Is there a place for witch hazel at the barn?
Perhaps! It’s great for a lot of things, and not so great for others. Many of us have some at the house and the barn for lots of different uses. A little bit of research turned up a few interesting things about witch hazel, which made me think about when NOT to use it.
Witch hazel is an astringent. This means that it’s job is to dry and tighten/constrict. Derived from the bark and leaves of the Hamamelis shrub, modern witch hazel compounds that you can find at the store are 86% witch hazel and 14% alcohol. It’s great for drying up oily skin. It’s also great at causing irritations due to the drying effects.
Witch hazel also has teenie tiny amounts of safrole, a known carcinogen. It’s present in such a small amount it poses no real danger. Generally speaking, you should not be using witch hazel internally at all. There are warnings on the label about not ingesting witch hazel.
When it comes to using witch hazel on your horse, there are lots of suggested uses out there, some of which are fine, other you need to avoid like the plague, and some require some experimenting.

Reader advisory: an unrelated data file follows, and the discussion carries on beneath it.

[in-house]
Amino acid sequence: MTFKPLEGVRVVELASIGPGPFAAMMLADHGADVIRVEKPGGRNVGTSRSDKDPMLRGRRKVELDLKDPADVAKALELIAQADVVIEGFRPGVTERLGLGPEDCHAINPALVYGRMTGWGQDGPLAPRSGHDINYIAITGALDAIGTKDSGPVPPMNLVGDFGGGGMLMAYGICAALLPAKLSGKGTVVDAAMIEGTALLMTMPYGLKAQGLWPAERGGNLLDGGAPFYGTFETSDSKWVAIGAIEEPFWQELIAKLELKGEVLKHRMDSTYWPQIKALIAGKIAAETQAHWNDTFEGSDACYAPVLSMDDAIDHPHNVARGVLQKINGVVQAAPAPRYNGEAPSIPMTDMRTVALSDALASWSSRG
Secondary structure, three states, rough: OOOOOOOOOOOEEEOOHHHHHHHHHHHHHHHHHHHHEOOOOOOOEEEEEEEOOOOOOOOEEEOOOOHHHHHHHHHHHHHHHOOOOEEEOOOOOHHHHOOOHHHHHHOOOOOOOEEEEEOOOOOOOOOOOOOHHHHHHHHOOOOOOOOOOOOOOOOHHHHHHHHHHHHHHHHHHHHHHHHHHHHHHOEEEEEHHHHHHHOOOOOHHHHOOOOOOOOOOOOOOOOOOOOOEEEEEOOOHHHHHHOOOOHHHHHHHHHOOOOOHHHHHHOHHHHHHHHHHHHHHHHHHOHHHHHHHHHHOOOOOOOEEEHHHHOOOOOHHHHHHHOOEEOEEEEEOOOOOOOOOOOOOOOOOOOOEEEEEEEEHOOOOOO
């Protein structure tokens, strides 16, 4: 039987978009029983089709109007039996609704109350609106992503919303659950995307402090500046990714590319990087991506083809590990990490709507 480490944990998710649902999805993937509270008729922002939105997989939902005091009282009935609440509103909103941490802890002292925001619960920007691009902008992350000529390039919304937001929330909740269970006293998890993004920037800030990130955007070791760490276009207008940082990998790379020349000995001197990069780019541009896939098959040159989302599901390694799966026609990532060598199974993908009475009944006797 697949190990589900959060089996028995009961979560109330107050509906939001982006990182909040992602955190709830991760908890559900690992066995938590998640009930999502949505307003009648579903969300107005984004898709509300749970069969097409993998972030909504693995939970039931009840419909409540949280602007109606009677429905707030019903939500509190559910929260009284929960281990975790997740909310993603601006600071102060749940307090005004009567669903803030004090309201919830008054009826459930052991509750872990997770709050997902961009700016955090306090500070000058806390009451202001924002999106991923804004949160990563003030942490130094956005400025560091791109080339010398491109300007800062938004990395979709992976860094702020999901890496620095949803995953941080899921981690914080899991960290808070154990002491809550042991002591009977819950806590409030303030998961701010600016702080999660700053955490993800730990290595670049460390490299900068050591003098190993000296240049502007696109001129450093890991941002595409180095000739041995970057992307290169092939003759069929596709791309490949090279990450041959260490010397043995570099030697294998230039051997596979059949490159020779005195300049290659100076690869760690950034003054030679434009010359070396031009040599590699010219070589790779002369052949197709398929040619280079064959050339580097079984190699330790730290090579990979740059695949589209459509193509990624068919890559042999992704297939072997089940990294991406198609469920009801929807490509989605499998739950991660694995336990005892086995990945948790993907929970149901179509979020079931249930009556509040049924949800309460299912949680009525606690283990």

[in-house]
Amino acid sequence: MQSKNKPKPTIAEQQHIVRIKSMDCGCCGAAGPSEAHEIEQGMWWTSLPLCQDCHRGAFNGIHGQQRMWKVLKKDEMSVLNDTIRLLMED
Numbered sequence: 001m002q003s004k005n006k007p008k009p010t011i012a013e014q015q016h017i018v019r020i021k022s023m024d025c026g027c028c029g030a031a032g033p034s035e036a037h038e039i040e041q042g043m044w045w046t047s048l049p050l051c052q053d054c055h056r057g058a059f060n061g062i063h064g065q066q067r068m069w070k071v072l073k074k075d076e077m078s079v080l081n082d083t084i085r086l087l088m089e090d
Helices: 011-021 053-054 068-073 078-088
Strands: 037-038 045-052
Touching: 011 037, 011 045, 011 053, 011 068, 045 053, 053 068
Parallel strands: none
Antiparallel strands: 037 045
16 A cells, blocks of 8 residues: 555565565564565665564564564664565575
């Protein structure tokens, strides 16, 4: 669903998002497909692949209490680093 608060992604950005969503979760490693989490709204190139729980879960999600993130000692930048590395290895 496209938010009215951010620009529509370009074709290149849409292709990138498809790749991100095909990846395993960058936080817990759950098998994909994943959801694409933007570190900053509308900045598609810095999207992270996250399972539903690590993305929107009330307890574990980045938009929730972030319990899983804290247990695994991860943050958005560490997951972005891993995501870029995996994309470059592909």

- DO use witch hazel as a liniment if you like. It can be used to soothe sore muscles and also as a brace under leg wraps for the horse that may stock up.
- DO try it as an itch reliever for bug bites, on you and your horse. However, there’s no scientific evidence that this is a long term relief. Witch hazel, like alcohol, cools as it evaporates so there’s a bit of relief there. Long term itch relief can be found from your Veterinarian in the form of topical hydrocortisone creams and/or internal meds.
- DO try witch hazel as a stain remover. Full disclosure - I’ve never tried this, but a few folks on the internet say that it works. BUT - because it’s a drying agent, it’s going to remove your horse’s natural stain repelling oils, creating dry skin and possibly irritated skin. Seems counterintuitive when there are loads of other ways to remove stains without drying. Experiment here, for sure.
- DO USE witch hazel to treat bruises. Again, not a lot of science to support this, but for some people it seems to help.
- DO NOT use witch hazel internally.
- DO NOT use witch hazel to treat wounds. Like alcohol and hydrogen peroxide, these compounds can make wounds worse. There are much better and safer alternatives, like chlorhexiderm and betadine. More on those solutions here.
Do you use witch hazel at the barn?